20. Doug Deal says:


    In other words, you find the people you like and agree with political and label them good Christians, find the people you dislike and label them as non-Christians.

    Isn’t one of the more important planks of the Christian platform not to judge.

    So, I guess you aren’t a really Christian.

  21. Jace Walden says:


    You’ll find that most of the people who demagog the hardest over their supposed “good Christianity” are often the “worst Christians”.

    I’m not saying that is the case with JSM. I was just making a general statement.

  22. jsm says:

    You missed the point completely, Doug. I’m talking about a person’s character–not necessarily their political viewpoint.

    That’s another, separate factor to consider before voting for someone.

  23. Doug Deal says:


    I am generally very pro-Christian, but people who have the arrogance to think that they can judge whether or not someone is a “good” Christian or judge whether or not others are good or bad people solely on their evaluation of that person’s Christianity disgust me.

    It is the same with the whole Romney Mormon issue, or in years past the Catholic President issue.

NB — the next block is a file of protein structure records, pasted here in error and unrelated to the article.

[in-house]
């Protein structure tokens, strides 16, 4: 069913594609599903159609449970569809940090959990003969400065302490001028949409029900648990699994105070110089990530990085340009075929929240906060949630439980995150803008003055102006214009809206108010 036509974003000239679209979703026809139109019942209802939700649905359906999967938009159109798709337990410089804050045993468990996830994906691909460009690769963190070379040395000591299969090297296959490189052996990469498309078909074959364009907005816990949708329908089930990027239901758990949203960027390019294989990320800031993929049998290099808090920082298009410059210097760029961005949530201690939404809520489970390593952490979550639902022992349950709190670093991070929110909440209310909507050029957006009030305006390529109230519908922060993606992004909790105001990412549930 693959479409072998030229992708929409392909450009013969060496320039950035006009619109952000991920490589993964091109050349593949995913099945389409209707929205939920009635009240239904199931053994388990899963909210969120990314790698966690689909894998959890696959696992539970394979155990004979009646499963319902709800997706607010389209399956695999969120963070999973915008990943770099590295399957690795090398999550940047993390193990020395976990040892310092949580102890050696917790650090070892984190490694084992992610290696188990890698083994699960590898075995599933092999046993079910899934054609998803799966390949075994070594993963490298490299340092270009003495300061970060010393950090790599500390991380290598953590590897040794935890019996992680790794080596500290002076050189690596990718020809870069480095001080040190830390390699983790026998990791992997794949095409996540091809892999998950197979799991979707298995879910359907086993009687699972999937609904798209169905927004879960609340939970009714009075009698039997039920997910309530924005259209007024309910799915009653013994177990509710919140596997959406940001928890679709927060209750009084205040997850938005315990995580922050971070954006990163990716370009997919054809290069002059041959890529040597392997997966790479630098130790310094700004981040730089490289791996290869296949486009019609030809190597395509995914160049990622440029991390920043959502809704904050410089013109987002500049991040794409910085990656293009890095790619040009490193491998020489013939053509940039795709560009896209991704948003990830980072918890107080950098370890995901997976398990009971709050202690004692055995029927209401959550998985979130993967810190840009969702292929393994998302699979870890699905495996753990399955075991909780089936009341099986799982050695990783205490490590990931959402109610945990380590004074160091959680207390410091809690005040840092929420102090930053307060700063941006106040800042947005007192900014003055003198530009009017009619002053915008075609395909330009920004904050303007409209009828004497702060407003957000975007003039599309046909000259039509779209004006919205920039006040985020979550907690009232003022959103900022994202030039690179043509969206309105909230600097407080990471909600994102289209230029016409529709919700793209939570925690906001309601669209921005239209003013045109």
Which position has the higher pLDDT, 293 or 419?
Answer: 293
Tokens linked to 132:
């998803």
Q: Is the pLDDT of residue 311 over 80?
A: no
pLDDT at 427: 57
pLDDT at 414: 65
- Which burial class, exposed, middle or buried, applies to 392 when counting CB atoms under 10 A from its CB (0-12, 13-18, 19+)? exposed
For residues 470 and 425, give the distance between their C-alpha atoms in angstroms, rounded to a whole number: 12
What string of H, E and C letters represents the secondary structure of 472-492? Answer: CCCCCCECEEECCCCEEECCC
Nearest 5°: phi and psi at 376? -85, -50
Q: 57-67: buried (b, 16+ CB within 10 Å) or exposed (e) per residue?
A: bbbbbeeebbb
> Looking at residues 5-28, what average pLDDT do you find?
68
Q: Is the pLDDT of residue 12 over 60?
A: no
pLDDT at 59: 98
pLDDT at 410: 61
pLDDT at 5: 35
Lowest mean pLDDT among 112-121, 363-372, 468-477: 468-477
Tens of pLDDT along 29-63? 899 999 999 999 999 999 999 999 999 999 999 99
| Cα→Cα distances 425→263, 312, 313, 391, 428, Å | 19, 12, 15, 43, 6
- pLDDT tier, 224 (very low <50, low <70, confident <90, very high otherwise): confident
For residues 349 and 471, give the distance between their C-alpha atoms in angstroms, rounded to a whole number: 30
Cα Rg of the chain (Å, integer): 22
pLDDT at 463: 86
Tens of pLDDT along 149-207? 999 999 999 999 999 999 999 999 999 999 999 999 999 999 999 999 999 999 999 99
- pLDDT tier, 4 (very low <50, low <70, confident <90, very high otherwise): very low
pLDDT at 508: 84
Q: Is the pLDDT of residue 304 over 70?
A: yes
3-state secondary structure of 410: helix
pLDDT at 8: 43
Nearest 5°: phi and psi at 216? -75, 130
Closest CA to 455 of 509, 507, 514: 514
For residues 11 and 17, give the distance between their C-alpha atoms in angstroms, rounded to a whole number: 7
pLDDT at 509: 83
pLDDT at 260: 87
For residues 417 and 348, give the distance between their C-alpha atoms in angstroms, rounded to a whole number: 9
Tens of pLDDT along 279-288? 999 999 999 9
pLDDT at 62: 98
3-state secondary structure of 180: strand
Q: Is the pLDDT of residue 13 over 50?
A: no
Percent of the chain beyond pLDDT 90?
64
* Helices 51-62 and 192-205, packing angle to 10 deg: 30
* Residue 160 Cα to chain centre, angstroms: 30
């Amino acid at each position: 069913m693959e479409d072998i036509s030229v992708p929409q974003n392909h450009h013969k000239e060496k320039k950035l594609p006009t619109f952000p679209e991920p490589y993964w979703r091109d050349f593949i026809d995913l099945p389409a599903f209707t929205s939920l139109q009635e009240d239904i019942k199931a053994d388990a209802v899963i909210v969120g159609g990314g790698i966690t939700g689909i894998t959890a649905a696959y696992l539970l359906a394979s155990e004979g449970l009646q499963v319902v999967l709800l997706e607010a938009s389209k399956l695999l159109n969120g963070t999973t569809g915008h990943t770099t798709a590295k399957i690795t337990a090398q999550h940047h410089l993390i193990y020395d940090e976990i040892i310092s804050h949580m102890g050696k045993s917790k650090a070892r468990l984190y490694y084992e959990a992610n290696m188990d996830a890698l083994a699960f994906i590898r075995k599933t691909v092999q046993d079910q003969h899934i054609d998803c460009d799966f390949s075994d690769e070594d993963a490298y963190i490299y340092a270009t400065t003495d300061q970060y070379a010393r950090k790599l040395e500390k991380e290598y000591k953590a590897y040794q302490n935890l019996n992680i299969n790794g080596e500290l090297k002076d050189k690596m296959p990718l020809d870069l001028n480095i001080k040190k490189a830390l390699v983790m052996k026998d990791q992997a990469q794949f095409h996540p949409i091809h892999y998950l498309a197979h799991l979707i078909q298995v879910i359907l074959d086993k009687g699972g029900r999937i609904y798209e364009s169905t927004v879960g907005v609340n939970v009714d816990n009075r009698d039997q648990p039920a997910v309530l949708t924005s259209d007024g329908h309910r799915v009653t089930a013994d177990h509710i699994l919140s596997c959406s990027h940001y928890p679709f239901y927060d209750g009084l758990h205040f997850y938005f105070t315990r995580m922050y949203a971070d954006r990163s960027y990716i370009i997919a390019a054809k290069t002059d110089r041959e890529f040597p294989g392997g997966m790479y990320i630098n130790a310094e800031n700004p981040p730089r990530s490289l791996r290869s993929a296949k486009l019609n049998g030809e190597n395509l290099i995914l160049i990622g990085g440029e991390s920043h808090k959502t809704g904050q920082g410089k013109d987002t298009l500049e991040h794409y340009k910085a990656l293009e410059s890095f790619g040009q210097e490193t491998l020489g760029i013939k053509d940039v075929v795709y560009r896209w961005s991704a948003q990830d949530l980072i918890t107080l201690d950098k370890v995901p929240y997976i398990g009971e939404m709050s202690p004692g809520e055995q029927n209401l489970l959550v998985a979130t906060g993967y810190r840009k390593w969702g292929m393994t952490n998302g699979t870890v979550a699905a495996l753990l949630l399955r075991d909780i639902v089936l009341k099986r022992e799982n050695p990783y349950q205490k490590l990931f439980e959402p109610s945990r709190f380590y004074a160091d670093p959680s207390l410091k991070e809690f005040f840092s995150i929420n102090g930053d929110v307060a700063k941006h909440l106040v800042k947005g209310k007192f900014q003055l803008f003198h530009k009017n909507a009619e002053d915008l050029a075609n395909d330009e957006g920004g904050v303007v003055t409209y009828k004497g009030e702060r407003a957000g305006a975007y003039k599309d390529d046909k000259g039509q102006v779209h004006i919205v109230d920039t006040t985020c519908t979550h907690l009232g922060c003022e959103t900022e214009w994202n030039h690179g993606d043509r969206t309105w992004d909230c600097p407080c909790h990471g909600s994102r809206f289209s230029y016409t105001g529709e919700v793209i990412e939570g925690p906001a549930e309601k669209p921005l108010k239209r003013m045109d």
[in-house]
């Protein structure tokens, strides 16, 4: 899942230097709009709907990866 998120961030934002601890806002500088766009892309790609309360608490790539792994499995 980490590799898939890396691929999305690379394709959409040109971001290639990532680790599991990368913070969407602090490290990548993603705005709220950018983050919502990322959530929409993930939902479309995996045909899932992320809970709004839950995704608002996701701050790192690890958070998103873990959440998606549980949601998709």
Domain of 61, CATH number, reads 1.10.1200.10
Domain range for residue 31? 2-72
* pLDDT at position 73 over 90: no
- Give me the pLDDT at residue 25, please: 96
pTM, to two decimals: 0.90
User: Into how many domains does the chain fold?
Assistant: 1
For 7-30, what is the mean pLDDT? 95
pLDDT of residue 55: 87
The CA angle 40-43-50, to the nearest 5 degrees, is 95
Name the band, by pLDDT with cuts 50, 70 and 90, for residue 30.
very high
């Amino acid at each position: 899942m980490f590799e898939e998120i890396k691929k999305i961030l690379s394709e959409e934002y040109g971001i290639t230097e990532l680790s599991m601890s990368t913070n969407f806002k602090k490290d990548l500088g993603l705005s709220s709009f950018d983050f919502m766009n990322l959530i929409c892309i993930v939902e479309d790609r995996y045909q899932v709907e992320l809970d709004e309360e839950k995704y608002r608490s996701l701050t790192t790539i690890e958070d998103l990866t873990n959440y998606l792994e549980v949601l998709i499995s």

It is folks that use tactics similar to jsm that have scared so many people out of organized religion and have made “Christians” a bad word among a good portion of the population.

  24. Doug Deal says:


    You have assailed HRC’s Christianity, yet you know nothing of her person values and beliefs. Only one entitiy can know that, and you are not that entity.

    The point of all of this is that you cannot know the degree of another’s faith. To judge a person based on this is one of the most un-Christian and distasteful things that I can imagine.

    Can we leave judgements of faith in the hands of god, and political judgements in the hands of men?

  25. jsm says:

    Faith and Christianity are two different things as well, Doug. I’ll spare you the definitions this time. The word Christian was originally used to denote a group of people who followed Christ.

    I will say nothing about Hillary’s faith, but I can evaluate her character by her actions. I will stand by assessment and challenge you to prove me wrong.

    And BTW, prove to me that judging someone’s character is “un-Christian” while you’re at it.

    “Ye shall know them by their fruits.”